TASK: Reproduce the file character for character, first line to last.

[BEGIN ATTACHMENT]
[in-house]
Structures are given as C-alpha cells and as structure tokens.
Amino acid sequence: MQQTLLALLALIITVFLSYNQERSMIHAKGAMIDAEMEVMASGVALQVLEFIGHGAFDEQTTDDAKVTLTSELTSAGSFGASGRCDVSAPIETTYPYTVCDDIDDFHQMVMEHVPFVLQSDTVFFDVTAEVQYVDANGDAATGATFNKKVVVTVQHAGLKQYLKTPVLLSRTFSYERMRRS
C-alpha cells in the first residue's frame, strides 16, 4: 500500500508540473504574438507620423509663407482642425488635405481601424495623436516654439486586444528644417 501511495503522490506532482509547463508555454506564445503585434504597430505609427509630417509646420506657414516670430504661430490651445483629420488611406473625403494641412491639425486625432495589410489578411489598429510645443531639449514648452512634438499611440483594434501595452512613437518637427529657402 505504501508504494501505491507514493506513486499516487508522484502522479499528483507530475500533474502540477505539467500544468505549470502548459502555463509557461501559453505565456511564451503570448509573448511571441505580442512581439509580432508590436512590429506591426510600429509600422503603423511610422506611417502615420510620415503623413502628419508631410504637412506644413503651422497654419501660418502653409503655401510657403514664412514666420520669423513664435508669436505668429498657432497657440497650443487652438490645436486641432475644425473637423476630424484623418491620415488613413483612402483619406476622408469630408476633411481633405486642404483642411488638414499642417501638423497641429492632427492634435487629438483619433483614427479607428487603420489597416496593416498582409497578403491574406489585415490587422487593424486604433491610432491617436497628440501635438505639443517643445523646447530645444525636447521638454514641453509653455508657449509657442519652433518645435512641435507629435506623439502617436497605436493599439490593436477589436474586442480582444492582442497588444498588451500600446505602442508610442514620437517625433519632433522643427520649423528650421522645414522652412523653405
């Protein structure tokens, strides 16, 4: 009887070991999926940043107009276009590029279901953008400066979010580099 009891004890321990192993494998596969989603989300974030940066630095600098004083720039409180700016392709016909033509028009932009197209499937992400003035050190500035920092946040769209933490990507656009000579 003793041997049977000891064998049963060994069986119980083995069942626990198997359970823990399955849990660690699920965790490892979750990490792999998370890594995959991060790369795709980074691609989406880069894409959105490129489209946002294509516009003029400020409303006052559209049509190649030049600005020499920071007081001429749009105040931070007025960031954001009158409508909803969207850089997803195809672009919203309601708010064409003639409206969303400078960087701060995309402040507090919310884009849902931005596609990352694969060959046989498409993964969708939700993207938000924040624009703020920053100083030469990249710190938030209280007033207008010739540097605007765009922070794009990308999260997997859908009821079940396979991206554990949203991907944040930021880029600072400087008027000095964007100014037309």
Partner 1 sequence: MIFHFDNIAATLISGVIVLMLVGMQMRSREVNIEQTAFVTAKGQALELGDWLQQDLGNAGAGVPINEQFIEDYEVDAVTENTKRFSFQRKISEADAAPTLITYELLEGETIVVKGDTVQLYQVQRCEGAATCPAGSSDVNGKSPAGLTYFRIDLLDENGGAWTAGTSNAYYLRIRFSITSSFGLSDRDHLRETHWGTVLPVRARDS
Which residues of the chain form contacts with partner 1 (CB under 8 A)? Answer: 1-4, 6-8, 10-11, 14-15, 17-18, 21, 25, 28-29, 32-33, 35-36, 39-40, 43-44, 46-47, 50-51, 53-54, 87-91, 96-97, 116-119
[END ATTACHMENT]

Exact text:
[in-house]
Structures are given as C-alpha cells and as structure tokens.
Amino acid sequence: MQQTLLALLALIITVFLSYNQERSMIHAKGAMIDAEMEVMASGVALQVLEFIGHGAFDEQTTDDAKVTLTSELTSAGSFGASGRCDVSAPIETTYPYTVCDDIDDFHQMVMEHVPFVLQSDTVFFDVTAEVQYVDANGDAATGATFNKKVVVTVQHAGLKQYLKTPVLLSRTFSYERMRRS
C-alpha cells in the first residue's frame, strides 16, 4: 500500500508540473504574438507620423509663407482642425488635405481601424495623436516654439486586444528644417 501511495503522490506532482509547463508555454506564445503585434504597430505609427509630417509646420506657414516670430504661430490651445483629420488611406473625403494641412491639425486625432495589410489578411489598429510645443531639449514648452512634438499611440483594434501595452512613437518637427529657402 505504501508504494501505491507514493506513486499516487508522484502522479499528483507530475500533474502540477505539467500544468505549470502548459502555463509557461501559453505565456511564451503570448509573448511571441505580442512581439509580432508590436512590429506591426510600429509600422503603423511610422506611417502615420510620415503623413502628419508631410504637412506644413503651422497654419501660418502653409503655401510657403514664412514666420520669423513664435508669436505668429498657432497657440497650443487652438490645436486641432475644425473637423476630424484623418491620415488613413483612402483619406476622408469630408476633411481633405486642404483642411488638414499642417501638423497641429492632427492634435487629438483619433483614427479607428487603420489597416496593416498582409497578403491574406489585415490587422487593424486604433491610432491617436497628440501635438505639443517643445523646447530645444525636447521638454514641453509653455508657449509657442519652433518645435512641435507629435506623439502617436497605436493599439490593436477589436474586442480582444492582442497588444498588451500600446505602442508610442514620437517625433519632433522643427520649423528650421522645414522652412523653405
């Protein structure tokens, strides 16, 4: 009887070991999926940043107009276009590029279901953008400066979010580099 009891004890321990192993494998596969989603989300974030940066630095600098004083720039409180700016392709016909033509028009932009197209499937992400003035050190500035920092946040769209933490990507656009000579 003793041997049977000891064998049963060994069986119980083995069942626990198997359970823990399955849990660690699920965790490892979750990490792999998370890594995959991060790369795709980074691609989406880069894409959105490129489209946002294509516009003029400020409303006052559209049509190649030049600005020499920071007081001429749009105040931070007025960031954001009158409508909803969207850089997803195809672009919203309601708010064409003639409206969303400078960087701060995309402040507090919310884009849902931005596609990352694969060959046989498409993964969708939700993207938000924040624009703020920053100083030469990249710190938030209280007033207008010739540097605007765009922070794009990308999260997997859908009821079940396979991206554990949203991907944040930021880029600072400087008027000095964007100014037309």
Partner 1 sequence: MIFHFDNIAATLISGVIVLMLVGMQMRSREVNIEQTAFVTAKGQALELGDWLQQDLGNAGAGVPINEQFIEDYEVDAVTENTKRFSFQRKISEADAAPTLITYELLEGETIVVKGDTVQLYQVQRCEGAATCPAGSSDVNGKSPAGLTYFRIDLLDENGGAWTAGTSNAYYLRIRFSITSSFGLSDRDHLRETHWGTVLPVRARDS
Which residues of the chain form contacts with partner 1 (CB under 8 A)? Answer: 1-4, 6-8, 10-11, 14-15, 17-18, 21, 25, 28-29, 32-33, 35-36, 39-40, 43-44, 46-47, 50-51, 53-54, 87-91, 96-97, 116-119